Dear Governor Paterson,

I strongly urge you to veto the bill that was delivered to you yesterday, that, if passed, will enable the collection of taxes from sovereign nations that lie within our state.

As a life-long New York State resident and tax payer, I fully recognize the hardships that our state is under with budgetary shortfalls and the rising costs of infrastructure. I am already feeling the economic pinch, and certainly expect financial hardships to worsen for myself and my fellow New Yorkers.

I also work for a nonprofit organization focused on improving healthcare for all Americans; I recognize that raising cigarette prices will discourage smoking, thereby improving public health.

That said, I believe there is no end — financial salvation and improved public health included — that justifies a means which expressly violates our treaties with sovereign nations and places unjust taxation on those without representation.

Nothing is more important than the sovereignty of free people. Nothing.

I know that as a servant leader, you have a responsibility to the people of this state, those with voting rights and those without, to do what is right.

Melissa Ann Lee

One of those times when I disagree with my employer. And most of the other people I know, I’m sure.


One of the great things about my friends is that they read things that are printed in ink on paper, and make note of them, and send me copies. Since I get most of my news and information about the world online, there are wonderful things that I would absolutely miss were it not for the lovely people who send me gifts wrapped in torn out magazine articles or newspaper clippings.

A couple of weeks ago, after my visit to NYC/Connecticut, Clay sent my forgotten blackberry charger back to me wrapped up in an article from the New Yorker. The Dr. Maddow Show: The secret to the success of a wonky lesbian pundit with no TV experience? A Ph.D. from Oxford, a dry sense of humor, and the ability to be nice to Pat Buchanan. Somehow, I’ve just now unfolded the paper and gotten around to reading it.

First of all, I disagree that the words “nice” and “kind” are interchangable, as Jessica Pressler seems to posit in the article. In all of her interactions with Buchanan, Rachel is kind and cordial, professional in the old-school, gentlemen’s-white-gloves sense of the word. She is not “nice” – she is neither gentle nor self-effacing in order to make Pat Buchanan (or any of her other guests) feel good about being less than exceptional or right or “nice” themselves. But she is kind and open and welcoming, as befits a true host, to every guest.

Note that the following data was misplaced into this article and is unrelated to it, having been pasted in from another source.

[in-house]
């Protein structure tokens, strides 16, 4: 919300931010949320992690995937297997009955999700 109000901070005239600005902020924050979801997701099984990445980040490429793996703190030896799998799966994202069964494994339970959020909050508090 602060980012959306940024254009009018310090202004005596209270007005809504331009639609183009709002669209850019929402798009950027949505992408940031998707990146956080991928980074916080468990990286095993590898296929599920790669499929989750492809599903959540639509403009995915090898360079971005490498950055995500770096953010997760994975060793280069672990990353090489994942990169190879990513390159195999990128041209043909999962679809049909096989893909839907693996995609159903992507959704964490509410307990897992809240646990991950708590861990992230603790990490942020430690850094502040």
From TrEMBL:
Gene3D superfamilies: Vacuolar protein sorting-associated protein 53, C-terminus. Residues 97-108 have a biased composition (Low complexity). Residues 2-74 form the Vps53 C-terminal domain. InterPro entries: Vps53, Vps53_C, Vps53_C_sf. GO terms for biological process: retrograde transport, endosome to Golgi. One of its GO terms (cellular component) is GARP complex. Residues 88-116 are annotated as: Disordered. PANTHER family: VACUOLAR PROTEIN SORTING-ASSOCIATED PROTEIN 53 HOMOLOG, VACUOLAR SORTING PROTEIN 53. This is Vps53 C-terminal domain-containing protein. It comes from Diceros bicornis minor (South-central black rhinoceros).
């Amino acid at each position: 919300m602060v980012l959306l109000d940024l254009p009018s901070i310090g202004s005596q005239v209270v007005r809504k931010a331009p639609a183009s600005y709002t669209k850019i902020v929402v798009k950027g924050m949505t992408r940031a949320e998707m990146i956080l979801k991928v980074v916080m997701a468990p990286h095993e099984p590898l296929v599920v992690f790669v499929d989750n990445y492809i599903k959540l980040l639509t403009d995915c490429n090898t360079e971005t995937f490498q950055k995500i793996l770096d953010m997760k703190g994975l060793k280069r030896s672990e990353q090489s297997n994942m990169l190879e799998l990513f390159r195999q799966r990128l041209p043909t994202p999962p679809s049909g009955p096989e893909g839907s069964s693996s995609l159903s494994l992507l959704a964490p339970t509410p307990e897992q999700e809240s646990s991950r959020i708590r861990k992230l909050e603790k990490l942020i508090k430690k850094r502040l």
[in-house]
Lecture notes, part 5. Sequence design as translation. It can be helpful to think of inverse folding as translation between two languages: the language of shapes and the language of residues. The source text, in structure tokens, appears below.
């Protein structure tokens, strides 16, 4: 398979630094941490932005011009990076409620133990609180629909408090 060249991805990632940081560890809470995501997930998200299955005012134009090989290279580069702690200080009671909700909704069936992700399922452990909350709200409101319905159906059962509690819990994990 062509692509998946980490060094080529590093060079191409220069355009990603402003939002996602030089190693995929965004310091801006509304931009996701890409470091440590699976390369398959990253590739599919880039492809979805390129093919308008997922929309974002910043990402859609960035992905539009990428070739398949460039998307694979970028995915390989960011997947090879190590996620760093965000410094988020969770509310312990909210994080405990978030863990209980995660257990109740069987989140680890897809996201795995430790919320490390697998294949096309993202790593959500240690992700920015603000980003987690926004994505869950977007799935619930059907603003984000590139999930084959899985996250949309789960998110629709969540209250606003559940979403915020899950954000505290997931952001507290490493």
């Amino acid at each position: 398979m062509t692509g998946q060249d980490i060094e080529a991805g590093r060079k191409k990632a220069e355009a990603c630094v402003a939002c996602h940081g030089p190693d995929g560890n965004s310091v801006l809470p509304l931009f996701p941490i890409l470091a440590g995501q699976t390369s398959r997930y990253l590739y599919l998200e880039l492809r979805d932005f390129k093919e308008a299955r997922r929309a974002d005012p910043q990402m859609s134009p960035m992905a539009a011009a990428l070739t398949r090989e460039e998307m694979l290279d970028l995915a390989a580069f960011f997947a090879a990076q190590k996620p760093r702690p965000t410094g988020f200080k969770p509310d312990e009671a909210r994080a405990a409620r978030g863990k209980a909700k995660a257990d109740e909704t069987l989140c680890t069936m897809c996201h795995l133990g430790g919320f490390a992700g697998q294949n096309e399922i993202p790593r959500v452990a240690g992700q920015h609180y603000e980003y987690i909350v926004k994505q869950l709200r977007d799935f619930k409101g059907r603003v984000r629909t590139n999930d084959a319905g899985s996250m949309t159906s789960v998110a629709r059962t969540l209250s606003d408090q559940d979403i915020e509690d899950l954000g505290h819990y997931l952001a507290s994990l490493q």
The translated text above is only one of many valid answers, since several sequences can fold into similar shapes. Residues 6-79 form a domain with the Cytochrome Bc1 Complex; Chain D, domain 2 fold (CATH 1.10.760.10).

That said, the rest of Jessica’s article is delightful – the Rachel whom we meet in these brief pages is sweeter, more eclectic, and just as genuine as the Rachel we see in fade-away gray suits each night at 9. And, the two quotes that carry my mind well away from the article and off into the “what could be” of possibilities and dreams and plannings and evaluations of what happens in a well-lived life when one has a well-suited career, are a skillful journalist’s terrific use of source material — the words belong to Rachel herself:

“I have been a suicidal, stretched-too-thin, overcommitted, frenetic, sleepless mess for the entire time she [Rachel’s partner, Susan Mikula] has known me,” she says. “And I don’t always have a job that justifies my being so intense about it. I think the reason I worked hard is because it makes me feel like my life has meaning.

I’ve been the same way since I was 18. It’s nice to have one’s tendency to workaholism validated – by an idol, no less.

“There is something in here [a book she was referencing in an author interview] about how having an outsider’s perspective on things – a cut-across-the-grain, I-am-not-of-this-Establishment, I-hate-the-man kind of thing even when you are respected and being put on television – that is the way that you change the world.” It was clear that she was talking about herself as much as the book. “I do worry if being a pundit is a worthwhile thing to be,” she says. “Yeah, I’m the unlikely cable news host. But before that I was the unlikely Rhodes scholar. And before that I was the unlikely kid who got into Stanford. And then I was the unlikely lifeguard. You can always cast yourself as unlikely when you’re fundamentally alienated in your worldview. It’s a healthy approach for a commentator.

In other words, second-guessing the value of one’s contributions, demanding honesty of purpose with one’s self, and being troubled with how we get to where we’ve gotten to be — those are valid, positive steps that keep us aware of what’s real. I think that cognizance of self-doubt is incredibly healthy, but possibly wouldn’t have realized the positivity of it without this article.

Thanks, Clay.

My Christmas wish is to host a dinner party with Rachel and Susan as guests, along with some brilliant people I’m actually acquainted with. I would be far too tongue-tied to say a word, I’m sure, but just being able to witness the conversation would be exceptional.


Emphasis on both quotations was mine.